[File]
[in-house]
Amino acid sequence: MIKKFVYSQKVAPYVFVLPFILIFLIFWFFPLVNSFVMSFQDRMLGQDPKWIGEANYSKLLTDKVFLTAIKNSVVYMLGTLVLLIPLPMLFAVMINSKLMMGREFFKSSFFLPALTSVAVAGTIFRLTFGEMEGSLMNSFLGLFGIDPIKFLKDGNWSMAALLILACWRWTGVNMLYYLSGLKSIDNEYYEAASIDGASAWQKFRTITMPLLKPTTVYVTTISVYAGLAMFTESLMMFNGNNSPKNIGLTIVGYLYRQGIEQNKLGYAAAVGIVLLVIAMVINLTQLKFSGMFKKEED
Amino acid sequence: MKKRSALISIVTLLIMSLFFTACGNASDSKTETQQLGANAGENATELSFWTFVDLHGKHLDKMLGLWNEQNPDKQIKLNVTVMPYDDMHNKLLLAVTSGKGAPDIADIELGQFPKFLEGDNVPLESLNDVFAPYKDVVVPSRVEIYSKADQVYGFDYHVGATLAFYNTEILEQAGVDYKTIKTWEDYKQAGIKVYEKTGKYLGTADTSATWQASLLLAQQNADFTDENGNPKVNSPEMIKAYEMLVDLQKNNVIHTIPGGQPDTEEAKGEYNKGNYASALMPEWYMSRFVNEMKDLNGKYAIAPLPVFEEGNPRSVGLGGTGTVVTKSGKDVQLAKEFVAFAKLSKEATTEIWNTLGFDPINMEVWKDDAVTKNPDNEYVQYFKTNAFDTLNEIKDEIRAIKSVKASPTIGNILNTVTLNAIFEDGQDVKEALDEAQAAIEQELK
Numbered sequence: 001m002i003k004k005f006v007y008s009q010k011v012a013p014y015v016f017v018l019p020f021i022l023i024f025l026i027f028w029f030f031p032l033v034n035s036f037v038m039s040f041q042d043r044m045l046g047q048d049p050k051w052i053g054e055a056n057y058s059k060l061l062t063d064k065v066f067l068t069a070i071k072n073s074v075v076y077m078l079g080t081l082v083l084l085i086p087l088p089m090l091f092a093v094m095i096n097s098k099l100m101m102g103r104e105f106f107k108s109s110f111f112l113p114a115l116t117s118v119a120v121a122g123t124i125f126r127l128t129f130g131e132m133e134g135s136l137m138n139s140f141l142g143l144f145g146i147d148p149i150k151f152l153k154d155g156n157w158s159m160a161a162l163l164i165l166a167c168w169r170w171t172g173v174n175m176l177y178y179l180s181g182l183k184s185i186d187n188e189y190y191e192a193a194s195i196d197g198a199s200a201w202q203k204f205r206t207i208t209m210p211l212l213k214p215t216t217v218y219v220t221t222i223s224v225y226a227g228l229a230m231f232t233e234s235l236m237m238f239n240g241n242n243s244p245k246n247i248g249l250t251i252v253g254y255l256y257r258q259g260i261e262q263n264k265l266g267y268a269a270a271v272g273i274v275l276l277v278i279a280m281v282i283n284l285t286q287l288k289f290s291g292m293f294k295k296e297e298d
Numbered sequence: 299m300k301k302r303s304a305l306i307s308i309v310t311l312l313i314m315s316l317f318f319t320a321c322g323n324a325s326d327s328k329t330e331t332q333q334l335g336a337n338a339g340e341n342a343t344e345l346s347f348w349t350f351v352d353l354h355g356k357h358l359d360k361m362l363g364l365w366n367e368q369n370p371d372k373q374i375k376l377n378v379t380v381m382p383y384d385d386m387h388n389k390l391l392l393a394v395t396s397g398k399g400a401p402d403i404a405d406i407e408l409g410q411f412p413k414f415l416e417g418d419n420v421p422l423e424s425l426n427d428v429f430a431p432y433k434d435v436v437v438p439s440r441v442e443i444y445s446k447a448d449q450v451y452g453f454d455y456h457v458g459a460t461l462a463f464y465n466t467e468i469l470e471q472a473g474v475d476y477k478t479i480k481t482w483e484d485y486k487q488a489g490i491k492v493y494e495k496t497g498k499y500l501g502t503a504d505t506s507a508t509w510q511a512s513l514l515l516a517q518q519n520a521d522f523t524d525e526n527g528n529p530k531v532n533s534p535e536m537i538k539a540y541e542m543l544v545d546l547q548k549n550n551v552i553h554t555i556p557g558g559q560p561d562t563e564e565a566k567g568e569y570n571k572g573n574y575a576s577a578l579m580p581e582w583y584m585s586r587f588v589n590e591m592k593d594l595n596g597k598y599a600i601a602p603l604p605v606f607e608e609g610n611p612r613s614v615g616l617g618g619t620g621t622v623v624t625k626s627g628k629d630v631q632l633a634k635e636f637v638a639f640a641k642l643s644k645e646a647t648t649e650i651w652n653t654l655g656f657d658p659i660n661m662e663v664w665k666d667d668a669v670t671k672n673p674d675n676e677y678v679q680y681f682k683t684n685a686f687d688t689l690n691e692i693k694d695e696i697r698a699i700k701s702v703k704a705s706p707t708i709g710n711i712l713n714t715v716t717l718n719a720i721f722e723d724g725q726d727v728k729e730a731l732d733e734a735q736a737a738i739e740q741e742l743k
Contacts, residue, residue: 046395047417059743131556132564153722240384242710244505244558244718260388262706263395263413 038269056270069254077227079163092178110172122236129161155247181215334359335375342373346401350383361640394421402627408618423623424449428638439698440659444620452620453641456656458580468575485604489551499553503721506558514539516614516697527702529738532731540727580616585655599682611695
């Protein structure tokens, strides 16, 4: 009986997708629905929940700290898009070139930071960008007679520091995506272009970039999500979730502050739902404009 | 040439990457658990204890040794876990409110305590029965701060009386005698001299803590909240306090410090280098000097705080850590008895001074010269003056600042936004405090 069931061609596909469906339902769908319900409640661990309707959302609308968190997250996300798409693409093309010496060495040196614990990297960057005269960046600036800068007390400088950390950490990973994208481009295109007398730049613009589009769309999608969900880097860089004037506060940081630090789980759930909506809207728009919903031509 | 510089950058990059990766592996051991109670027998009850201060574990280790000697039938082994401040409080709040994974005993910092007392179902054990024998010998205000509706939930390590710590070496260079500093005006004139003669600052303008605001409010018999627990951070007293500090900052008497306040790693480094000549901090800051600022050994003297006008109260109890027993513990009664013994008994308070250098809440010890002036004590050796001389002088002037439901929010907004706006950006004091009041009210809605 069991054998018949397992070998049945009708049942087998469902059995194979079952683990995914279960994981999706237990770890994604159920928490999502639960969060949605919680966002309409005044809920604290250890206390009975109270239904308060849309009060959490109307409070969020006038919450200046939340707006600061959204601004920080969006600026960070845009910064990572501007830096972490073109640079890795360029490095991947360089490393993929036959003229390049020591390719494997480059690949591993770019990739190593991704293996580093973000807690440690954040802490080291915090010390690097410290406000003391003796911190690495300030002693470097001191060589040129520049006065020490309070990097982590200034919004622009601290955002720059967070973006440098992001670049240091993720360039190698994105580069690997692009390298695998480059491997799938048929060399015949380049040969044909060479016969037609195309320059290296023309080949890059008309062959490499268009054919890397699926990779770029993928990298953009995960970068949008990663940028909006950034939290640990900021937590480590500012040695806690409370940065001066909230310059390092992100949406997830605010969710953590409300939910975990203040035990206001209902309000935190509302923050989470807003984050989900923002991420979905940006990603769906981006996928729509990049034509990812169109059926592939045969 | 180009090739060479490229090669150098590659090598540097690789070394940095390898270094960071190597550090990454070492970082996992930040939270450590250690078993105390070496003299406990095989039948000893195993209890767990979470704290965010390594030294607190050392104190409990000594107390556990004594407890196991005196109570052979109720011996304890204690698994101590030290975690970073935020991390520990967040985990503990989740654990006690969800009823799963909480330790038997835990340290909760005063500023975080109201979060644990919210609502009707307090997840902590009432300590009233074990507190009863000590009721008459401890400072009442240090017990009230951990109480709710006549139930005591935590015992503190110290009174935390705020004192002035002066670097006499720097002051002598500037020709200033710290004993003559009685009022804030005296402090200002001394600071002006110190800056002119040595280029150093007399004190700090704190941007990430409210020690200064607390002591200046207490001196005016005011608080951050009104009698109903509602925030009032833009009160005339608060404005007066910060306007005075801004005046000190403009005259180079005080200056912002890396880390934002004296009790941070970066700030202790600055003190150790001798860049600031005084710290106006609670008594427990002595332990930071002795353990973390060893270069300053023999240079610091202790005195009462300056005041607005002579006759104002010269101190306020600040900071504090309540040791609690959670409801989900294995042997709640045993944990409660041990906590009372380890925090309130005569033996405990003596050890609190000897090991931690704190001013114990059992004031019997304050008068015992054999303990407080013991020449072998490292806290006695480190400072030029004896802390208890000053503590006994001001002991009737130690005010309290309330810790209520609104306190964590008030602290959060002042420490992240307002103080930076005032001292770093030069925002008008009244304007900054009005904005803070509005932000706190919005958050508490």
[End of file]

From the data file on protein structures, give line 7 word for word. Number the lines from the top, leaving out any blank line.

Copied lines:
């Protein structure tokens, strides 16, 4: 009986997708629905929940700290898009070139930071960008007679520091995506272009970039999500979730502050739902404009 | 040439990457658990204890040794876990409110305590029965701060009386005698001299803590909240306090410090280098000097705080850590008895001074010269003056600042936004405090 069931061609596909469906339902769908319900409640661990309707959302609308968190997250996300798409693409093309010496060495040196614990990297960057005269960046600036800068007390400088950390950490990973994208481009295109007398730049613009589009769309999608969900880097860089004037506060940081630090789980759930909506809207728009919903031509 | 510089950058990059990766592996051991109670027998009850201060574990280790000697039938082994401040409080709040994974005993910092007392179902054990024998010998205000509706939930390590710590070496260079500093005006004139003669600052303008605001409010018999627990951070007293500090900052008497306040790693480094000549901090800051600022050994003297006008109260109890027993513990009664013994008994308070250098809440010890002036004590050796001389002088002037439901929010907004706006950006004091009041009210809605 069991054998018949397992070998049945009708049942087998469902059995194979079952683990995914279960994981999706237990770890994604159920928490999502639960969060949605919680966002309409005044809920604290250890206390009975109270239904308060849309009060959490109307409070969020006038919450200046939340707006600061959204601004920080969006600026960070845009910064990572501007830096972490073109640079890795360029490095991947360089490393993929036959003229390049020591390719494997480059690949591993770019990739190593991704293996580093973000807690440690954040802490080291915090010390690097410290406000003391003796911190690495300030002693470097001191060589040129520049006065020490309070990097982590200034919004622009601290955002720059967070973006440098992001670049240091993720360039190698994105580069690997692009390298695998480059491997799938048929060399015949380049040969044909060479016969037609195309320059290296023309080949890059008309062959490499268009054919890397699926990779770029993928990298953009995960970068949008990663940028909006950034939290640990900021937590480590500012040695806690409370940065001066909230310059390092992100949406997830605010969710953590409300939910975990203040035990206001209902309000935190509302923050989470807003984050989900923002991420979905940006990603769906981006996928729509990049034509990812169109059926592939045969 | 180009090739060479490229090669150098590659090598540097690789070394940095390898270094960071190597550090990454070492970082996992930040939270450590250690078993105390070496003299406990095989039948000893195993209890767990979470704290965010390594030294607190050392104190409990000594107390556990004594407890196991005196109570052979109720011996304890204690698994101590030290975690970073935020991390520990967040985990503990989740654990006690969800009823799963909480330790038997835990340290909760005063500023975080109201979060644990919210609502009707307090997840902590009432300590009233074990507190009863000590009721008459401890400072009442240090017990009230951990109480709710006549139930005591935590015992503190110290009174935390705020004192002035002066670097006499720097002051002598500037020709200033710290004993003559009685009022804030005296402090200002001394600071002006110190800056002119040595280029150093007399004190700090704190941007990430409210020690200064607390002591200046207490001196005016005011608080951050009104009698109903509602925030009032833009009160005339608060404005007066910060306007005075801004005046000190403009005259180079005080200056912002890396880390934002004296009790941070970066700030202790600055003190150790001798860049600031005084710290106006609670008594427990002595332990930071002795353990973390060893270069300053023999240079610091202790005195009462300056005041607005002579006759104002010269101190306020600040900071504090309540040791609690959670409801989900294995042997709640045993944990409660041990906590009372380890925090309130005569033996405990003596050890609190000897090991931690704190001013114990059992004031019997304050008068015992054999303990407080013991020449072998490292806290006695480190400072030029004896802390208890000053503590006994001001002991009737130690005010309290309330810790209520609104306190964590008030602290959060002042420490992240307002103080930076005032001292770093030069925002008008009244304007900054009005904005803070509005932000706190919005958050508490």